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The embryo as moral work object: PGD/IVF staff views and experiences
Article first published online: 28 APR 2008
© 2008 The Authors. Journal compilation © 2008 Foundation for the Sociology of Health & Illness/Blackwell Publishing Ltd
Sociology of Health & Illness
Volume 30, Issue 5, pages 772–787, July 2008
How to Cite
Ehrich, K., Williams, C. and Farsides, B. (2008), The embryo as moral work object: PGD/IVF staff views and experiences. Sociology of Health & Illness, 30: 772–787. doi: 10.1111/j.1467-9566.2008.01083.x
- Issue published online: 14 JUL 2008
- Article first published online: 28 APR 2008
- work object;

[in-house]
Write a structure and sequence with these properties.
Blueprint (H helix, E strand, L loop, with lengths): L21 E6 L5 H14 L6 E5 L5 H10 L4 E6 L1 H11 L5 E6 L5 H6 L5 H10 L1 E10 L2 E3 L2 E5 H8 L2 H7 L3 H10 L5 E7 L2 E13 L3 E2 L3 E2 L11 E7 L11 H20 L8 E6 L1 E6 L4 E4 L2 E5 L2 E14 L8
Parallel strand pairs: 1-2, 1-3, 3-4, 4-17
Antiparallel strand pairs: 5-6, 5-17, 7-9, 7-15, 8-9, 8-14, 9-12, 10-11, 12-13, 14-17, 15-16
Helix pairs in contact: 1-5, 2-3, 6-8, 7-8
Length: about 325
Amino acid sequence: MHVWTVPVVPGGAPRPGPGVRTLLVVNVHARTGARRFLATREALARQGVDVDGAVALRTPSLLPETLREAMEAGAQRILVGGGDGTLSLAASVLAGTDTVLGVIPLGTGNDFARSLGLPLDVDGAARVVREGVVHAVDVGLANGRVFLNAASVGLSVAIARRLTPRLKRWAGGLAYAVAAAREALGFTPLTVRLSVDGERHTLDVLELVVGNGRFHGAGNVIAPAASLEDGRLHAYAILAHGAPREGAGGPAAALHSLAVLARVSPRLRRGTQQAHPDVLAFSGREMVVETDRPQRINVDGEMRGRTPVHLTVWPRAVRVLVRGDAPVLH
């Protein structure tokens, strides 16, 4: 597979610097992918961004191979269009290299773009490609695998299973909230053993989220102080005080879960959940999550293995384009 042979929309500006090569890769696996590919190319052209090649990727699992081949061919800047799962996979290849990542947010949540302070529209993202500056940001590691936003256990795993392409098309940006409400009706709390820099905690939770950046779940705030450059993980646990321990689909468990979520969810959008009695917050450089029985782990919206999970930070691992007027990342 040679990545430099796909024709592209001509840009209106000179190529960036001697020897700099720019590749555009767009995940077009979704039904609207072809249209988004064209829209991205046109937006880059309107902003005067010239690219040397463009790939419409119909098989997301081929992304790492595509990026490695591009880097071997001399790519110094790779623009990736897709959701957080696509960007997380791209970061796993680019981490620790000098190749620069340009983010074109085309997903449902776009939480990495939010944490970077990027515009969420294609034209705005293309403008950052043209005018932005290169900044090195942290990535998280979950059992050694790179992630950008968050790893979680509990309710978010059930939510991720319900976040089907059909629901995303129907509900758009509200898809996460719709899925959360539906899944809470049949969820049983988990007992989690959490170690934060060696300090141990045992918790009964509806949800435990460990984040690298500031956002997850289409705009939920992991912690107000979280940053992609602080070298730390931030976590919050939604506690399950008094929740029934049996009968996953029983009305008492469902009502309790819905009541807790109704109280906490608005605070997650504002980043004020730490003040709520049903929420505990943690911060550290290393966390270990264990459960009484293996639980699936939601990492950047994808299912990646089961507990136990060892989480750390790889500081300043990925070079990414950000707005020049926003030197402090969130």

We report on one aspect of a study that explored the views and experiences of practitioners and scientists on social, ethical and clinical dilemmas encountered when working in the field of preimplantation genetic diagnosis (PGD) for serious genetic disorders. The study produced an ethnography based on observation, interviews and ethics discussion groups with staff from two PGD/IVF Units in the UK. We focus here on staff perceptions of work with embryos that entails disposing of ‘affected’ or ‘spare’ embryos or using them for research. A variety of views were expressed on the ‘embryo question’ in contrast to polarised media debates. We argue that the prevailing policy acceptance of destroying affected embryos, and allowing research on embryos up to 14 days leaves some staff with rarely reported, ambivalent feelings. Staff views are under-researched in this area and we focus on how they may reconcile their personal moral views with the ethical framework in their field. Staff construct embryos in a variety of ways as ‘moral work objects’. This allows them to shift attention between micro-level and overarching institutional work goals, building on Casper's concept of ‘work objects’ and focusing on negotiation of the social order in a morally contested field.